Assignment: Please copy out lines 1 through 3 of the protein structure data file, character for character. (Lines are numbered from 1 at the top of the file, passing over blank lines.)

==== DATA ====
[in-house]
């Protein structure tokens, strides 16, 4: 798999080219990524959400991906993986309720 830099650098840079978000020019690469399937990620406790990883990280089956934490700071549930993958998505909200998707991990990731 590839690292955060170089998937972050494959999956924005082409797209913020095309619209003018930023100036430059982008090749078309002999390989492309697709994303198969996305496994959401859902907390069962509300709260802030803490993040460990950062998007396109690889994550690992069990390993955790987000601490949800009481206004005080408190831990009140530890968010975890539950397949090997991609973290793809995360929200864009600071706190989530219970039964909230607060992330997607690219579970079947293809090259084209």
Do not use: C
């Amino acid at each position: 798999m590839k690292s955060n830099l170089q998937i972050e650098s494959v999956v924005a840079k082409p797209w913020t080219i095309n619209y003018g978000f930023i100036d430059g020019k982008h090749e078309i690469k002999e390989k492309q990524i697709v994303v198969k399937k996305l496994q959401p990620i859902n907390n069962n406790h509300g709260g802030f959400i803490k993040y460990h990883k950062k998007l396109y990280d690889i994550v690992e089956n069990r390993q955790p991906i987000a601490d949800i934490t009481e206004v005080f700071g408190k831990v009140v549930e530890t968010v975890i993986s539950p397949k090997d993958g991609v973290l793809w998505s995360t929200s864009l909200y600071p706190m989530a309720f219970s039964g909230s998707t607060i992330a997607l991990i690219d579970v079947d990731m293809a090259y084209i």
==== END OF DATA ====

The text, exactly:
[in-house]
């Protein structure tokens, strides 16, 4: 798999080219990524959400991906993986309720 830099650098840079978000020019690469399937990620406790990883990280089956934490700071549930993958998505909200998707991990990731 590839690292955060170089998937972050494959999956924005082409797209913020095309619209003018930023100036430059982008090749078309002999390989492309697709994303198969996305496994959401859902907390069962509300709260802030803490993040460990950062998007396109690889994550690992069990390993955790987000601490949800009481206004005080408190831990009140530890968010975890539950397949090997991609973290793809995360929200864009600071706190989530219970039964909230607060992330997607690219579970079947293809090259084209």
Do not use: C